The automatic beam detection is aimed at identification of particle beams in LWFA simulations. The method first identifies locations with high density of particles in the space-time domain, based on maximum extremum point detection on the particle distribution. We analyze high density electron regions using a lifetime diagram by organizing and pruning the maximum extrema as nodes in a minimum spanning tree. Independent of the lifetime diagram analysis, we partition the multivariate data using fuzzy clustering to detect time steps that may contain a high quality electron beam. To estimate spatially confined beams we then combine the results from the fuzzy clustering and the bunch lifetime analysis. For more details see here.



Example showing the result for the location of high-density bunches for one time step of an example 2D particle dataset. Particles shown in a x,y,px scatter-plot. Color is proportional to the particle energy (px) and white blobs correspond to the preliminary detection of beam candidate regions. (Click on image to view larger version)  

Automatic Beam Path Analysis

Numerical simulations of laser wakefield particle accelerators play a key role in the understanding of the complex acceleration process and in the design of expensive experimental facilities. As the size and complexity of simulation output grows, one main challenge is the need for computational techniques that aid in scientific knowledge discovery. The automatic beam path analysis consists of a set of data-understanding algorithms that work in concert in a pipeline fashion to automatically locate and analyze high energy particle bunches undergoing acceleration in very large simulation datasets. These techniques work cooperatively by first identifying features of interest in individual timesteps, then integrating features across timesteps, and based on the information derived perform analysis of temporally dynamic features. This combination of techniques supports accurate detection of particle beams enabling a deeper level of scientific understanding of physical phenomena than has been possible before. By combining efficient data analysis algorithms and state-of-the-art data management we enable high-performance analysis of extremely large particle datasets in 3D. The automatic analysis of particle beams based on temporal particle paths enables accurate classification of particle beams and supports analysis of the temporal beam evolution. The automatic beam path analysis is implemented as a stand-alone C++ application using HDF5 FastQuery. The visualization system VisIt is used for visualization of analysis results. For more details see here.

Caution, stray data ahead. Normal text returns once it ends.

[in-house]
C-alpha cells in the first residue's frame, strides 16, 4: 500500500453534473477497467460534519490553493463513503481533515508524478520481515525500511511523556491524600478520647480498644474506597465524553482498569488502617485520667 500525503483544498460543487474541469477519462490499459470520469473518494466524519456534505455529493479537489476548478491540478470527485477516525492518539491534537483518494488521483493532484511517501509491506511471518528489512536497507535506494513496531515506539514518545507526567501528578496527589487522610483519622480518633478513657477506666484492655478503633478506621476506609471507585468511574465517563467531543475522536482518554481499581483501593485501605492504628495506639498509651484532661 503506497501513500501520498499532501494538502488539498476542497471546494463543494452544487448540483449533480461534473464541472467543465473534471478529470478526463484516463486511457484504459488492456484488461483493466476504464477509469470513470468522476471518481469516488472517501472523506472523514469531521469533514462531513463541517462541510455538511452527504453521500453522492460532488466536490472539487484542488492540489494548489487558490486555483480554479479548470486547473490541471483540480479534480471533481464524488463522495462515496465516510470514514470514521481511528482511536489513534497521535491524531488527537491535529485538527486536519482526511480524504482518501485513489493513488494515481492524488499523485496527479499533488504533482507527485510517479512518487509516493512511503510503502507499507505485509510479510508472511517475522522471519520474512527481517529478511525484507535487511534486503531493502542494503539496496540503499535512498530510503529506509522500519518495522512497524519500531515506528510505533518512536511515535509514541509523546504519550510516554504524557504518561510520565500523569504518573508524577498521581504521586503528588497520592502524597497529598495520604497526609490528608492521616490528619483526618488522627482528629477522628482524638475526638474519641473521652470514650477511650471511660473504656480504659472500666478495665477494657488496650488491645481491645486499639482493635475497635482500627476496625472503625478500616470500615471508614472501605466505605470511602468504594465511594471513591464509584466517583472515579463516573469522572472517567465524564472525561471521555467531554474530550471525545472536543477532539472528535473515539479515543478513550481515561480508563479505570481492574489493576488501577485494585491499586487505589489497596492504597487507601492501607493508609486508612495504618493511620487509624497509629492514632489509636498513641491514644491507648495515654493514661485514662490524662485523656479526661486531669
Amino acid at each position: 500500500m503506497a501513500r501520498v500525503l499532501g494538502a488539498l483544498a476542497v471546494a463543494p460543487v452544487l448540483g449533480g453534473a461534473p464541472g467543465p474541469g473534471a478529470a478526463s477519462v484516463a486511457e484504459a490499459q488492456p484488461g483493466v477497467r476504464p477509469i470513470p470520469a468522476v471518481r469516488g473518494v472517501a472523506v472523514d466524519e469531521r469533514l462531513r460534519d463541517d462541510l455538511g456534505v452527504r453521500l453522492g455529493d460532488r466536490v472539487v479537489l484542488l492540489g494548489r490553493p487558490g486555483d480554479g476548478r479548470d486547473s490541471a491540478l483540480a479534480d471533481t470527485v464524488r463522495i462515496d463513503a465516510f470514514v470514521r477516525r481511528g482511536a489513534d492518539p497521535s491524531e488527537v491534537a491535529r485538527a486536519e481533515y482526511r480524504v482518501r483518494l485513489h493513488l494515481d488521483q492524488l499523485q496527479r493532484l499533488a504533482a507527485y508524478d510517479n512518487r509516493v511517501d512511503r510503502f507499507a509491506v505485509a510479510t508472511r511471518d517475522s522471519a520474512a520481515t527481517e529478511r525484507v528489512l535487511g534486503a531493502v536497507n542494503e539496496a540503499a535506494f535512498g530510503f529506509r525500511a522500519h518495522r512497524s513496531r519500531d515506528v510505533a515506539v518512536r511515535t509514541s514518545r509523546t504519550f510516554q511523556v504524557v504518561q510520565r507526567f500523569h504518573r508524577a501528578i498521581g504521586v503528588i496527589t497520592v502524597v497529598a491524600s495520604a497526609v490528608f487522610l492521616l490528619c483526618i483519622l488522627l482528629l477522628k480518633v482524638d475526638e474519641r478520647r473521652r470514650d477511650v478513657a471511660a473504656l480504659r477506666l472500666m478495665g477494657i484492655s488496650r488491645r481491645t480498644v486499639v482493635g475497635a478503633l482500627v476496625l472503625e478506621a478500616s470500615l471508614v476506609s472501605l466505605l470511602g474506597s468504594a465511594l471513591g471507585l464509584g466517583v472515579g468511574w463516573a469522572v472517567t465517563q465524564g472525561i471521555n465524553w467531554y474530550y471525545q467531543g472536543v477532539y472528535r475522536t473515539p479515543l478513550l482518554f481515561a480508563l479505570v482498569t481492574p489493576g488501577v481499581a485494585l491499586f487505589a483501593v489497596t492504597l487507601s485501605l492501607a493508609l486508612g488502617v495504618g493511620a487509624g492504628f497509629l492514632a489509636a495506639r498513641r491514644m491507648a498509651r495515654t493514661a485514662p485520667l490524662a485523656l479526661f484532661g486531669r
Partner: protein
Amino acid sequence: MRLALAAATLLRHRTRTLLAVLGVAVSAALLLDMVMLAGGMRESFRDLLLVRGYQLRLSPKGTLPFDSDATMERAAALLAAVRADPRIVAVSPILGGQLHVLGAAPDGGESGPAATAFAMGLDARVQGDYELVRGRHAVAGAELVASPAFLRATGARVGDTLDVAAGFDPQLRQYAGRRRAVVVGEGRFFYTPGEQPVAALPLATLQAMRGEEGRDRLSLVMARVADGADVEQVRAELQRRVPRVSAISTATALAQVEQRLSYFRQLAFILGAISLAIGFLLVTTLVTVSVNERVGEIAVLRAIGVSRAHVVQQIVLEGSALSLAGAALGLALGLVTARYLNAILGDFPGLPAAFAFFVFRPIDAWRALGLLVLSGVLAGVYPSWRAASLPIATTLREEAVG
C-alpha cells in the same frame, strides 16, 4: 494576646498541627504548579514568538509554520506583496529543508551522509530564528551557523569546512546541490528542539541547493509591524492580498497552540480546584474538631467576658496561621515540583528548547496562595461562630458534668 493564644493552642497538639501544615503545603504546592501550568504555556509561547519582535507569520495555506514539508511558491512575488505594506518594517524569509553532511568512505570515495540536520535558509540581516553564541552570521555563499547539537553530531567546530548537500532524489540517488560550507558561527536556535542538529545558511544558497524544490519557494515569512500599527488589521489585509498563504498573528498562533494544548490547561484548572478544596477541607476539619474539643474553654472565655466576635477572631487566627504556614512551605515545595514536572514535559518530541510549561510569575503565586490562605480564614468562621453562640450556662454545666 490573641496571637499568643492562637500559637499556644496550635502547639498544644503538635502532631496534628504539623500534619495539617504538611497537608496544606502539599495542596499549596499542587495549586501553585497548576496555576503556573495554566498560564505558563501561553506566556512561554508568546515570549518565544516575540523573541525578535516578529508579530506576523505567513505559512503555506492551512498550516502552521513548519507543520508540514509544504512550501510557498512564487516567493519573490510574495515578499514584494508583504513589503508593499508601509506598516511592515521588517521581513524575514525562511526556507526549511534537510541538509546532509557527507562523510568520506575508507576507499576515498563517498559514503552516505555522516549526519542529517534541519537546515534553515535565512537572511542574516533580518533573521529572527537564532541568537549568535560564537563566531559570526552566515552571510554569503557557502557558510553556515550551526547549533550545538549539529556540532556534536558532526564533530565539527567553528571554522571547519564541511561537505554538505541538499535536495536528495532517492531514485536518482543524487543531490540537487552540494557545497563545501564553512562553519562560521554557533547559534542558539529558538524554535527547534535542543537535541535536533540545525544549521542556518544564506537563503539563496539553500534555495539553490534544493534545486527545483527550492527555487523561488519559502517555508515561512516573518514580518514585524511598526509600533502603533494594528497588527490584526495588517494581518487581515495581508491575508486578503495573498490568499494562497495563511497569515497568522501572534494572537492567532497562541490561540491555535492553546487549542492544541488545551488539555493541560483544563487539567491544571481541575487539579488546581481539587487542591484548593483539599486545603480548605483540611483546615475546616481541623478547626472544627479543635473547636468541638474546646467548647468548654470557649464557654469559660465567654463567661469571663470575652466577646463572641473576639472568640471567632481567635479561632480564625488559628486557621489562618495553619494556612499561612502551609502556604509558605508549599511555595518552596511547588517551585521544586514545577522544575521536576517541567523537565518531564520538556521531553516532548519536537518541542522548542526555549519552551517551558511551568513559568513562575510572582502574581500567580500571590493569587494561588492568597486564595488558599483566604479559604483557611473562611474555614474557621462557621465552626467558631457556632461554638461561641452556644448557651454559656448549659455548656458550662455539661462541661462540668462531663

Example illustrating the application of the automatic beam path analysis to a large 3D particle dataset. The particles of the two detected particle bunches are shown in color with color indicating momentum in x direction (px). A volume rendering of the plasma density (gray) illustrates the plasma wave.  


[1] O. Rübel, C.G.R. Geddes, E. Cormier-Michel, K. Wu, Prabhat, G.H. Weber, D. M. Ushizima, P. Messmer, H. Hagen, B. Hamann, and E.W. Bethel, "Automatic Beam Path Analysis of Laser Wakefield Particle Acceleration Data", IOP Computational Science & Discovery, 2009 (to appear)

[2] O. Rübel, Prabhat, K. Wu, H. Childs, J. Meredith, C.G.R. Geddes, E. Cormier-Michel, S. Ahern, G.H. Weber, P. Messmer, H. Hagen, B. Hamann and E.W. Bethel, "High Performance Multivariate Visual Data Exploration for Extremely Large Data." SC08, Austin TX, November, 2008. LBNL-716E. (PDF) (BibTeX)

[3] Daniela Ushizima, Oliver Rübel, Prabhat, Gunther Weber, E. Wes Bethel, Cecilia Aragon, Cameron Geddes, Estelle Cormier-Michel, Bernd Hamann, Peter Messmer, Hans Hagen. "Automated Analysis for Detecting Beams in Laser Wakefield Simulations". 2008 Seventh International Conference on Machine Learning and Applications, Proceedings of IEEE ICMLA'08, 2008. LBNL-960E. (PDF) (Bibtex)

[4] C. G. R. Geddes, E Cormier-Michel, E. H. Esarey, C. B. Schroeder, J.-L. Vay, W. P. Leemans, D. L.. Bruhwiler, J. R. Cary, B. Cowan, M. Durant, P. Hamill, P. Messmer, P. Mullowney, C. Nieter, K. Paul, S. Shasharina, S. Veitzer, G. Weber, O. Rübel, D. Ushizima, Prabhat, E. W.Bethel, K. Wu. "Large Fields for Smaller Facility Sources." SciDAC Review, Number 13, Summer 2009. LBNL-2299E. (PDF at the SciDAC Review website), (bibtex)

[5] K. Wu, S. Ahern, E. W. Bethel, J. Chen, H. Childs, E. Cormier-Michel, C. Geddes, J. Gu, H. Hagen, B. Hamann, W. Koegler, J. Lauret, J. Meredith, P. Messmer, E. Otoo, V. Perevoztchikov, A. Poskanzer, Prabhat, O. Rübel, A. Shoshani, A. Sim, K. Stockinger, G. Weber, W.-M. Zhang. "FastBit: Interactively Searching Massive Data." In Journal of Physics Conference Series, Proceedings of SciDAC 2009. (LBNL-2164E) (PDF), (bibtex)